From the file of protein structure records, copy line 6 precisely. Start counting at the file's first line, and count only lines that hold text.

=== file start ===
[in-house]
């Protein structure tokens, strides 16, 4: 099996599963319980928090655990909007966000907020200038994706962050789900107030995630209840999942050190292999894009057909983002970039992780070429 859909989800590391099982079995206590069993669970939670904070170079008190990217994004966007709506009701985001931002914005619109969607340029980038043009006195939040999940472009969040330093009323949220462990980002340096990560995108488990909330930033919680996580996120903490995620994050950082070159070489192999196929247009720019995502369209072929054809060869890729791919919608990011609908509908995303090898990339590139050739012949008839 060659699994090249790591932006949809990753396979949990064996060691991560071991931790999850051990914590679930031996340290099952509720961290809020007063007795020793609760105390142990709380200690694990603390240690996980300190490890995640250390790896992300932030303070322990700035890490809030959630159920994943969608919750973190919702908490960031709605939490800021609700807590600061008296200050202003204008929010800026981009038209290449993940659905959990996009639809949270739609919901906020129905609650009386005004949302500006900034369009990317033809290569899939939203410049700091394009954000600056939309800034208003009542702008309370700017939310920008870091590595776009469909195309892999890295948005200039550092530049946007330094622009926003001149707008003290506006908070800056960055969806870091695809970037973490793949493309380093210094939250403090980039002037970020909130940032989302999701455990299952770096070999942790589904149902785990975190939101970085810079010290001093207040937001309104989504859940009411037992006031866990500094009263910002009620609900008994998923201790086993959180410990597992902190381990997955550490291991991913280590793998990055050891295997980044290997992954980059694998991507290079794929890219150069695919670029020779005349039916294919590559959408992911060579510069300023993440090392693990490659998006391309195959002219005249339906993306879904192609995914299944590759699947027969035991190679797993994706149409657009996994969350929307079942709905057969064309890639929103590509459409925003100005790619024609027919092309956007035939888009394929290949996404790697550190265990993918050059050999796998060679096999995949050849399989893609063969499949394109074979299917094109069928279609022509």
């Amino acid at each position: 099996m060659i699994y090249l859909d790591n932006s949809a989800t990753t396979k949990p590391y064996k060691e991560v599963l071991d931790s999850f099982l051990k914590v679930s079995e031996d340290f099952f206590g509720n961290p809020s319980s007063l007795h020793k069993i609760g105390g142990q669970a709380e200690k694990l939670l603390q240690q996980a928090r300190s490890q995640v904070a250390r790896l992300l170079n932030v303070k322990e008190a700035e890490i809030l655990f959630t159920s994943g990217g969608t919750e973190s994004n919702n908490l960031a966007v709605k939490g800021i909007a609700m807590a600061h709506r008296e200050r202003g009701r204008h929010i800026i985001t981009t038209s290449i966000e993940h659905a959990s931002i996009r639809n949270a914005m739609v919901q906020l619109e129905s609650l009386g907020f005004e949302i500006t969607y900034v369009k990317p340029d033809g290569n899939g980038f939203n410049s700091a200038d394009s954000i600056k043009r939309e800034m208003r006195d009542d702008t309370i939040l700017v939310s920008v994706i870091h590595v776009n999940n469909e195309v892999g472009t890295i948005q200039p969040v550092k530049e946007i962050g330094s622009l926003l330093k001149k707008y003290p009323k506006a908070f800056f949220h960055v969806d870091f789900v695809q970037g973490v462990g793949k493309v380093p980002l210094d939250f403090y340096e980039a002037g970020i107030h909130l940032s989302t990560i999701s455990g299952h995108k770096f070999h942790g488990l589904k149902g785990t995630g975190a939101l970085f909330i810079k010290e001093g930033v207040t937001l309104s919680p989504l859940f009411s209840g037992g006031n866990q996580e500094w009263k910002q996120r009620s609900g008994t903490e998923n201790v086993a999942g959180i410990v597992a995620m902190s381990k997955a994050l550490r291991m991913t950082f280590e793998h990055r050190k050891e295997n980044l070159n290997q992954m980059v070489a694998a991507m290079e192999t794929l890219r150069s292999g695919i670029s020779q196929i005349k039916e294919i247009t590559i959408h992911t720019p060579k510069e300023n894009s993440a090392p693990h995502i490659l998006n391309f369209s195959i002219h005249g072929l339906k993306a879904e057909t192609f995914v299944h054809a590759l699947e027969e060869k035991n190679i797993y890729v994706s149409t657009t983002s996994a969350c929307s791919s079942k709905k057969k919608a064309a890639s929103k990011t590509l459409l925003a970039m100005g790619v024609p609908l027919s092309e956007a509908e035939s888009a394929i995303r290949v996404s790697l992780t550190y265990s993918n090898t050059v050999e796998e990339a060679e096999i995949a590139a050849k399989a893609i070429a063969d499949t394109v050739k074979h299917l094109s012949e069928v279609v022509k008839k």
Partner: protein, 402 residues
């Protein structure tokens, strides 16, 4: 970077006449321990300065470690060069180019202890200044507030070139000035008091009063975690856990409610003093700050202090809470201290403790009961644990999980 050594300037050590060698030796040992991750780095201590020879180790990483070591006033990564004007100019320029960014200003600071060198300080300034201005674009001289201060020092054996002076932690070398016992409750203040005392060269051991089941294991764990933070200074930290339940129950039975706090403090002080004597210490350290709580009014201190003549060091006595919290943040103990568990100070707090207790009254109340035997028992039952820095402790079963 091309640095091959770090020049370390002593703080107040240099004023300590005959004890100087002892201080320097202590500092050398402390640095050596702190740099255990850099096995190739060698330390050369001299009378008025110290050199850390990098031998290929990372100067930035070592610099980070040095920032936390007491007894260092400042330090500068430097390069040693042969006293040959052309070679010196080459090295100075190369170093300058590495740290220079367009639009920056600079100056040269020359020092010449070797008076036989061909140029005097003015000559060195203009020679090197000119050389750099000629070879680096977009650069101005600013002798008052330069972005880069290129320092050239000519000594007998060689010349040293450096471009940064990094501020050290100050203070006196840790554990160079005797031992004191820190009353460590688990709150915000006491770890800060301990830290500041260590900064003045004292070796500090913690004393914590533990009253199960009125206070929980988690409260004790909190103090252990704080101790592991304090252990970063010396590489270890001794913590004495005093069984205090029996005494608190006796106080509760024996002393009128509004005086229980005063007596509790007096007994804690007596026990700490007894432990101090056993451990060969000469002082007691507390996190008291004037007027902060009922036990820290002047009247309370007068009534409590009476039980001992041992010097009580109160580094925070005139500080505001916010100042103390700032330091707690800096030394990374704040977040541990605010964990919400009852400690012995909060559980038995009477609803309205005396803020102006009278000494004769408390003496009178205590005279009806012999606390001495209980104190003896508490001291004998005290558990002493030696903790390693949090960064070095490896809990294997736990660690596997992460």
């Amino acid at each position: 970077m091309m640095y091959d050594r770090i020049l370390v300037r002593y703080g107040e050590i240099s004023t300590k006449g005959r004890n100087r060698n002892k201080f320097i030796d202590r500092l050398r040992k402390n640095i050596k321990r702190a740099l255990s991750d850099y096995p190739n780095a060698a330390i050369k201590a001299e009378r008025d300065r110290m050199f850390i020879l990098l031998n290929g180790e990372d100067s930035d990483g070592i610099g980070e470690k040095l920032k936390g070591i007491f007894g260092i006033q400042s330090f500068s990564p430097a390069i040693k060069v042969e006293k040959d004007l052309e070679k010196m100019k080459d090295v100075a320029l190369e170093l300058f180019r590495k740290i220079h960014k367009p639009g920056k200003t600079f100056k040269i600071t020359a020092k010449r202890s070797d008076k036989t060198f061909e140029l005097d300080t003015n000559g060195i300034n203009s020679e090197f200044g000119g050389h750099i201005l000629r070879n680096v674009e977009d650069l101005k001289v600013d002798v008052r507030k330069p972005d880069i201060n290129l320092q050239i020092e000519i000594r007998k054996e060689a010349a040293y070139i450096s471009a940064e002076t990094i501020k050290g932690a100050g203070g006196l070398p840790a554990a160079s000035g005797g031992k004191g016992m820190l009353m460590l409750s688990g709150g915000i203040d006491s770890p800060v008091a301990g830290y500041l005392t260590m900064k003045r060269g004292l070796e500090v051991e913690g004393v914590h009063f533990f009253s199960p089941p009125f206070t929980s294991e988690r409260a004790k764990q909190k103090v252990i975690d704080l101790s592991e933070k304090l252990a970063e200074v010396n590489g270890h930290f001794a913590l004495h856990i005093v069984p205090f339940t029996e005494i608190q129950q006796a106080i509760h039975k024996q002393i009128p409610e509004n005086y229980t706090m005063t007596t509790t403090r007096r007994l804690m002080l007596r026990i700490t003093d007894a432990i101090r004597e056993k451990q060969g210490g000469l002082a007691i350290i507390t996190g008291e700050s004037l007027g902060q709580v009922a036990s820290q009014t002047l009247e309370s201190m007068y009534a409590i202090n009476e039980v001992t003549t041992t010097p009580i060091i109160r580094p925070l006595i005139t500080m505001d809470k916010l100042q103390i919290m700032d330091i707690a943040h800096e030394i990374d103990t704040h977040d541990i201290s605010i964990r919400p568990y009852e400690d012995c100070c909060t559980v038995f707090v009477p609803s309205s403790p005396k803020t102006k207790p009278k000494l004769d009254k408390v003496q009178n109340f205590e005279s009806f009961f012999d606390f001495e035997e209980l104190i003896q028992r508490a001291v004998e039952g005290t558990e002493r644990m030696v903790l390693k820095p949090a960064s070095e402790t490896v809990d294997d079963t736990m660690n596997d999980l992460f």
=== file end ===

């Amino acid at each position: 970077m091309m640095y091959d050594r770090i020049l370390v300037r002593y703080g107040e050590i240099s004023t300590k006449g005959r004890n100087r060698n002892k201080f320097i030796d202590r500092l050398r040992k402390n640095i050596k321990r702190a740099l255990s991750d850099y096995p190739n780095a060698a330390i050369k201590a001299e009378r008025d300065r110290m050199f850390i020879l990098l031998n290929g180790e990372d100067s930035d990483g070592i610099g980070e470690k040095l920032k936390g070591i007491f007894g260092i006033q400042s330090f500068s990564p430097a390069i040693k060069v042969e006293k040959d004007l052309e070679k010196m100019k080459d090295v100075a320029l190369e170093l300058f180019r590495k740290i220079h960014k367009p639009g920056k200003t600079f100056k040269i600071t020359a020092k010449r202890s070797d008076k036989t060198f061909e140029l005097d300080t003015n000559g060195i300034n203009s020679e090197f200044g000119g050389h750099i201005l000629r070879n680096v674009e977009d650069l101005k001289v600013d002798v008052r507030k330069p972005d880069i201060n290129l320092q050239i020092e000519i000594r007998k054996e060689a010349a040293y070139i450096s471009a940064e002076t990094i501020k050290g932690a100050g203070g006196l070398p840790a554990a160079s000035g005797g031992k004191g016992m820190l009353m460590l409750s688990g709150g915000i203040d006491s770890p800060v008091a301990g830290y500041l005392t260590m900064k003045r060269g004292l070796e500090v051991e913690g004393v914590h009063f533990f009253s199960p089941p009125f206070t929980s294991e988690r409260a004790k764990q909190k103090v252990i975690d704080l101790s592991e933070k304090l252990a970063e200074v010396n590489g270890h930290f001794a913590l004495h856990i005093v069984p205090f339940t029996e005494i608190q129950q006796a106080i509760h039975k024996q002393i009128p409610e509004n005086y229980t706090m005063t007596t509790t403090r007096r007994l804690m002080l007596r026990i700490t003093d007894a432990i101090r004597e056993k451990q060969g210490g000469l002082a007691i350290i507390t996190g008291e700050s004037l007027g902060q709580v009922a036990s820290q009014t002047l009247e309370s201190m007068y009534a409590i202090n009476e039980v001992t003549t041992t010097p009580i060091i109160r580094p925070l006595i005139t500080m505001d809470k916010l100042q103390i919290m700032d330091i707690a943040h800096e030394i990374d103990t704040h977040d541990i201290s605010i964990r919400p568990y009852e400690d012995c100070c909060t559980v038995f707090v009477p609803s309205s403790p005396k803020t102006k207790p009278k000494l004769d009254k408390v003496q009178n109340f205590e005279s009806f009961f012999d606390f001495e035997e209980l104190i003896q028992r508490a001291v004998e039952g005290t558990e002493r644990m030696v903790l390693k820095p949090a960064s070095e402790t490896v809990d294997d079963t736990m660690n596997d999980l992460f």